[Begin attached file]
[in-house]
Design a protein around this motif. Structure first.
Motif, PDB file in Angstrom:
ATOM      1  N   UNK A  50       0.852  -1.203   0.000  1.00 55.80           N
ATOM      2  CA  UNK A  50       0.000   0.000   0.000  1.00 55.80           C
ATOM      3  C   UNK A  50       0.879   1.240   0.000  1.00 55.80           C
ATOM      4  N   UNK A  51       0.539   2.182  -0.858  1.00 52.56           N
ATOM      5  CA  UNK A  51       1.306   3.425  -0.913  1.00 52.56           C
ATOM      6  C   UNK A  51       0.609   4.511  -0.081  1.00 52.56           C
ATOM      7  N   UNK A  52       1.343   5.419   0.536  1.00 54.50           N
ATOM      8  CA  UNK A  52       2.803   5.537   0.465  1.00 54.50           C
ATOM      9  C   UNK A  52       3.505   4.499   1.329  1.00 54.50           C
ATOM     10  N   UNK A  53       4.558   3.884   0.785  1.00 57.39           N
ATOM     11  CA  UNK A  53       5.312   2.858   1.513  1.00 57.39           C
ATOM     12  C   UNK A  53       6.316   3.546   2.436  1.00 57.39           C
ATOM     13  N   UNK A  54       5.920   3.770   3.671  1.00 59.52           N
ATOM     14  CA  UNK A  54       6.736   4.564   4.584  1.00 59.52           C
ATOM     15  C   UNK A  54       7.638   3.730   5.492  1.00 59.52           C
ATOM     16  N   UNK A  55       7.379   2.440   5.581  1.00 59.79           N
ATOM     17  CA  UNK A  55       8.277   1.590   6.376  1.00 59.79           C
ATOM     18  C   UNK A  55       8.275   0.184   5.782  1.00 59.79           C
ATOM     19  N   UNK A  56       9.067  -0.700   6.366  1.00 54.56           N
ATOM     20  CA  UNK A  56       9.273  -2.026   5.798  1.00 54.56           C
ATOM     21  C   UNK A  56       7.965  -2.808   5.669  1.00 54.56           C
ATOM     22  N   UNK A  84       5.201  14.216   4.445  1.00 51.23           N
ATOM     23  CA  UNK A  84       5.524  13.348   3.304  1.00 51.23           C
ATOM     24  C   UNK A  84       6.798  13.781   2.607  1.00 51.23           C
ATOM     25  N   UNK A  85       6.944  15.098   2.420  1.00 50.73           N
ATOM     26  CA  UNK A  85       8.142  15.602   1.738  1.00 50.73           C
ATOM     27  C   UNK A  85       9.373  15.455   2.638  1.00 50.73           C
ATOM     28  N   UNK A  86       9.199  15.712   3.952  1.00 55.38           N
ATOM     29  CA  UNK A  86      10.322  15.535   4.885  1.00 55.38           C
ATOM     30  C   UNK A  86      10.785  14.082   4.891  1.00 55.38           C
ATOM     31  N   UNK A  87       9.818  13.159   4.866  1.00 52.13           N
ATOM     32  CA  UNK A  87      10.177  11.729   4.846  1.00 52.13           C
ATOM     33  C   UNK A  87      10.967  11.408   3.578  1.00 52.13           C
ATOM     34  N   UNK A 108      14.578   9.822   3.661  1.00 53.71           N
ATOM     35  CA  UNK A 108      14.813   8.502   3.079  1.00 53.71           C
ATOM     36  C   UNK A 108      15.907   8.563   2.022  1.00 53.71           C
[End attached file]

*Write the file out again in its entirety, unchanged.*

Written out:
[in-house]
Design a protein around this motif. Structure first.
Motif, PDB file in Angstrom:
ATOM      1  N   UNK A  50       0.852  -1.203   0.000  1.00 55.80           N
ATOM      2  CA  UNK A  50       0.000   0.000   0.000  1.00 55.80           C
ATOM      3  C   UNK A  50       0.879   1.240   0.000  1.00 55.80           C
ATOM      4  N   UNK A  51       0.539   2.182  -0.858  1.00 52.56           N
ATOM      5  CA  UNK A  51       1.306   3.425  -0.913  1.00 52.56           C
ATOM      6  C   UNK A  51       0.609   4.511  -0.081  1.00 52.56           C
ATOM      7  N   UNK A  52       1.343   5.419   0.536  1.00 54.50           N
ATOM      8  CA  UNK A  52       2.803   5.537   0.465  1.00 54.50           C
ATOM      9  C   UNK A  52       3.505   4.499   1.329  1.00 54.50           C
ATOM     10  N   UNK A  53       4.558   3.884   0.785  1.00 57.39           N
ATOM     11  CA  UNK A  53       5.312   2.858   1.513  1.00 57.39           C
ATOM     12  C   UNK A  53       6.316   3.546   2.436  1.00 57.39           C
ATOM     13  N   UNK A  54       5.920   3.770   3.671  1.00 59.52           N
ATOM     14  CA  UNK A  54       6.736   4.564   4.584  1.00 59.52           C
ATOM     15  C   UNK A  54       7.638   3.730   5.492  1.00 59.52           C
ATOM     16  N   UNK A  55       7.379   2.440   5.581  1.00 59.79           N
ATOM     17  CA  UNK A  55       8.277   1.590   6.376  1.00 59.79           C
ATOM     18  C   UNK A  55       8.275   0.184   5.782  1.00 59.79           C
ATOM     19  N   UNK A  56       9.067  -0.700   6.366  1.00 54.56           N
ATOM     20  CA  UNK A  56       9.273  -2.026   5.798  1.00 54.56           C
ATOM     21  C   UNK A  56       7.965  -2.808   5.669  1.00 54.56           C
ATOM     22  N   UNK A  84       5.201  14.216   4.445  1.00 51.23           N
ATOM     23  CA  UNK A  84       5.524  13.348   3.304  1.00 51.23           C
ATOM     24  C   UNK A  84       6.798  13.781   2.607  1.00 51.23           C
ATOM     25  N   UNK A  85       6.944  15.098   2.420  1.00 50.73           N
ATOM     26  CA  UNK A  85       8.142  15.602   1.738  1.00 50.73           C
ATOM     27  C   UNK A  85       9.373  15.455   2.638  1.00 50.73           C
ATOM     28  N   UNK A  86       9.199  15.712   3.952  1.00 55.38           N
ATOM     29  CA  UNK A  86      10.322  15.535   4.885  1.00 55.38           C
ATOM     30  C   UNK A  86      10.785  14.082   4.891  1.00 55.38           C
ATOM     31  N   UNK A  87       9.818  13.159   4.866  1.00 52.13           N
ATOM     32  CA  UNK A  87      10.177  11.729   4.846  1.00 52.13           C
ATOM     33  C   UNK A  87      10.967  11.408   3.578  1.00 52.13           C
ATOM     34  N   UNK A 108      14.578   9.822   3.661  1.00 53.71           N
ATOM     35  CA  UNK A 108      14.813   8.502   3.079  1.00 53.71           C
ATOM     36  C   UNK A 108      15.907   8.563   2.022  1.00 53.71           C